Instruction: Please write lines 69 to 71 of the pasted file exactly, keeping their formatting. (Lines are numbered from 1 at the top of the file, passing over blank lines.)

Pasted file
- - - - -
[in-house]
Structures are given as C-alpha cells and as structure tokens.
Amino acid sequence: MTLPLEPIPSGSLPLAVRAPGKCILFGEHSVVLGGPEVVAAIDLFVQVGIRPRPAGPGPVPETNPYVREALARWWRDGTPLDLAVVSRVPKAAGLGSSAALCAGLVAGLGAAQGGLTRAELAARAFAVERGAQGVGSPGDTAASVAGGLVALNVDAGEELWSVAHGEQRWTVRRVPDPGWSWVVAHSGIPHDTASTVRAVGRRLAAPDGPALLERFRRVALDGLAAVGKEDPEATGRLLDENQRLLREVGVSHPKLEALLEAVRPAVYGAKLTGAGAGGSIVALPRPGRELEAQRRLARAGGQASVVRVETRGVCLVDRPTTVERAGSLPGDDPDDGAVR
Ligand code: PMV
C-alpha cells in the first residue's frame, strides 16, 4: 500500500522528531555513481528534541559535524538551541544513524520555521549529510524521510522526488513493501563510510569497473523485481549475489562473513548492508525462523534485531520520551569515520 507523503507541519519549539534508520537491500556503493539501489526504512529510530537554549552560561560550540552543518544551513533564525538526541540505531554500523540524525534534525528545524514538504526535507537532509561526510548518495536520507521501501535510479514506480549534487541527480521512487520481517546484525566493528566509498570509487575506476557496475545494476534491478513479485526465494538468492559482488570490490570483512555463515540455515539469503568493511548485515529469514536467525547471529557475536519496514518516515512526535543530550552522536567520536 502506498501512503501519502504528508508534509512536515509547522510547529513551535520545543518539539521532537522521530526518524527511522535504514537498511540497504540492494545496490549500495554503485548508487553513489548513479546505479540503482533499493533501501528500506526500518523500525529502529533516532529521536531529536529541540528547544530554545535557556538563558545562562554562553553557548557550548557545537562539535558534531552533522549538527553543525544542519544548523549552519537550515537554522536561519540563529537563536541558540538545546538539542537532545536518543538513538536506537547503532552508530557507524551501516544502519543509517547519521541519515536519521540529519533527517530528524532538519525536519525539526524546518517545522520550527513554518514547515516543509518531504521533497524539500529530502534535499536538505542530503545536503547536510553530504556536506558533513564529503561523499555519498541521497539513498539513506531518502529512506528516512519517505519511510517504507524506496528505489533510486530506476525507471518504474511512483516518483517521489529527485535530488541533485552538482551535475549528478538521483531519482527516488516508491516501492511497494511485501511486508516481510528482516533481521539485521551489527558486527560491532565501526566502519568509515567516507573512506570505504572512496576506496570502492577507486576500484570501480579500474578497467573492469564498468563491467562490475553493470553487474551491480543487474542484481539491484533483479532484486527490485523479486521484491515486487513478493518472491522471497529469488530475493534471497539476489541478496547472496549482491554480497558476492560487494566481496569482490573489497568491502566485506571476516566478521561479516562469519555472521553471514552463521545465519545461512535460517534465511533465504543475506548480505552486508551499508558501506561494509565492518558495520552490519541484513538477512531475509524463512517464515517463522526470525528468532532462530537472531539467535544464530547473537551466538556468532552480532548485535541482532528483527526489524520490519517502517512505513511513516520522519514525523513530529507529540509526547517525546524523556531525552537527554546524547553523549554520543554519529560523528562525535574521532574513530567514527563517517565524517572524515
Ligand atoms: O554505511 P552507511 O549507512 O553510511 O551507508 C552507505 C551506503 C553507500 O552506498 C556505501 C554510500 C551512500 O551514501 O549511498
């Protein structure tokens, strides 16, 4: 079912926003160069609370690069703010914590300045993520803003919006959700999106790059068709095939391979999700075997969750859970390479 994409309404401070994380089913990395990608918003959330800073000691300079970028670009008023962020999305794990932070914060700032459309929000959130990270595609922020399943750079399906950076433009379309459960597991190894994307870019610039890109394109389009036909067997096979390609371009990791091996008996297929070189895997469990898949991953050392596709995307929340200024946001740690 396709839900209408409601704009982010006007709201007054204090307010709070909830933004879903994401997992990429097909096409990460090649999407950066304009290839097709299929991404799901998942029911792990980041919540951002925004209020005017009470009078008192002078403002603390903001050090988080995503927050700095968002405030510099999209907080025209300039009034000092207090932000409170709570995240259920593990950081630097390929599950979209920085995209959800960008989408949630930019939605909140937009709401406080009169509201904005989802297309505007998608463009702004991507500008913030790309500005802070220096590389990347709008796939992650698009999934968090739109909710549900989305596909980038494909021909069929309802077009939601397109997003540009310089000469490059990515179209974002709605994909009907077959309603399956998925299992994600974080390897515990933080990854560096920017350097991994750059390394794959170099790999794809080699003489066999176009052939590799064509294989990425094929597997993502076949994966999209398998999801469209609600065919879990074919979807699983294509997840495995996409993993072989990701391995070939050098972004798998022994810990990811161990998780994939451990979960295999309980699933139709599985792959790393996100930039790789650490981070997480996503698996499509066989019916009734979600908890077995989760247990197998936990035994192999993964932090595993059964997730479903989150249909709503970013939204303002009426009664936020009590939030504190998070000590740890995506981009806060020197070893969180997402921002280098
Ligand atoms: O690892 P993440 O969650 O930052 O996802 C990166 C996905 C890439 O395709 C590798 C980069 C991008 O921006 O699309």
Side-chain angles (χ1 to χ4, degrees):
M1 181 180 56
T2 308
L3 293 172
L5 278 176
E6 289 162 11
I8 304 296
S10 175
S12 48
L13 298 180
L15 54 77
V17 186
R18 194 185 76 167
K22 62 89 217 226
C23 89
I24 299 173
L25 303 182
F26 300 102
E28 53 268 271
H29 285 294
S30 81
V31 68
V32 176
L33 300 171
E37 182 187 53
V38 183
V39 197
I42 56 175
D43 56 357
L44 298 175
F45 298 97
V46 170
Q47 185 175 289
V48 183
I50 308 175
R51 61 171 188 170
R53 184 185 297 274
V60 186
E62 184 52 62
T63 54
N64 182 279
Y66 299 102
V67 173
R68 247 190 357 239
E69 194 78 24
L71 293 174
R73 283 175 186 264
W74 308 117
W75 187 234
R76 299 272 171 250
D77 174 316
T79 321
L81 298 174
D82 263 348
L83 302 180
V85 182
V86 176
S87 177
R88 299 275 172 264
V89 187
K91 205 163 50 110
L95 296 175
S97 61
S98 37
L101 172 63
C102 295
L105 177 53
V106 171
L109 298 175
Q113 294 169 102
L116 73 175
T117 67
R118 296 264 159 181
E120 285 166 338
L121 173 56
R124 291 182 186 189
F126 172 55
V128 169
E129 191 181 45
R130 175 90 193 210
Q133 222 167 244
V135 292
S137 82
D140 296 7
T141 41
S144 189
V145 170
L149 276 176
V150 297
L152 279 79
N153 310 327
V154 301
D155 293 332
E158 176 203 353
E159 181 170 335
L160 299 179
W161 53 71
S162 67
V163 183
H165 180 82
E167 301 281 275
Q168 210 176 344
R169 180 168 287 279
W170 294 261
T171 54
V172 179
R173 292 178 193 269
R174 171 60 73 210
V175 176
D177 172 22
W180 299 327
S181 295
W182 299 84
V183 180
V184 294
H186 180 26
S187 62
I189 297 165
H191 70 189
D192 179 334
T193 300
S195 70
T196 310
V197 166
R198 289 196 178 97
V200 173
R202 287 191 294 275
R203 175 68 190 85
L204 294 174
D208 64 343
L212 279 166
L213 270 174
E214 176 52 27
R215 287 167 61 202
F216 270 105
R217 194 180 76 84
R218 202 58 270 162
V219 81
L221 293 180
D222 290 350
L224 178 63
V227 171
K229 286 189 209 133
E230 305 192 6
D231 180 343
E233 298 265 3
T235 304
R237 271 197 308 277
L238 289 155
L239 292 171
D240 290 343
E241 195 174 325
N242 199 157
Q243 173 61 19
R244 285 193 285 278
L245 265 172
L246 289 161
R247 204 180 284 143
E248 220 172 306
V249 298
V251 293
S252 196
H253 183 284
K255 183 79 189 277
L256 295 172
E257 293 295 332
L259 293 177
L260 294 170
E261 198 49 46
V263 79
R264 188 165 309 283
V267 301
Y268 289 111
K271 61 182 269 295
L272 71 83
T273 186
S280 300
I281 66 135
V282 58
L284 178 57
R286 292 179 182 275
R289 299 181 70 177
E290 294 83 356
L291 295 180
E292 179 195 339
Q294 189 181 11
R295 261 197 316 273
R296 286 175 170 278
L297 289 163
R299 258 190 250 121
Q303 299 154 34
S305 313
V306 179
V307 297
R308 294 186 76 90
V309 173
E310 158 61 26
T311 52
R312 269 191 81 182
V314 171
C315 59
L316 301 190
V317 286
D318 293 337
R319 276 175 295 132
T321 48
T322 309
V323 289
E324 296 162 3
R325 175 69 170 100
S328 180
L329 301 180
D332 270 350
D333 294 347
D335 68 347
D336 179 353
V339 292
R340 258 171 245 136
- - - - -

K91 205 163 50 110
L95 296 175
S97 61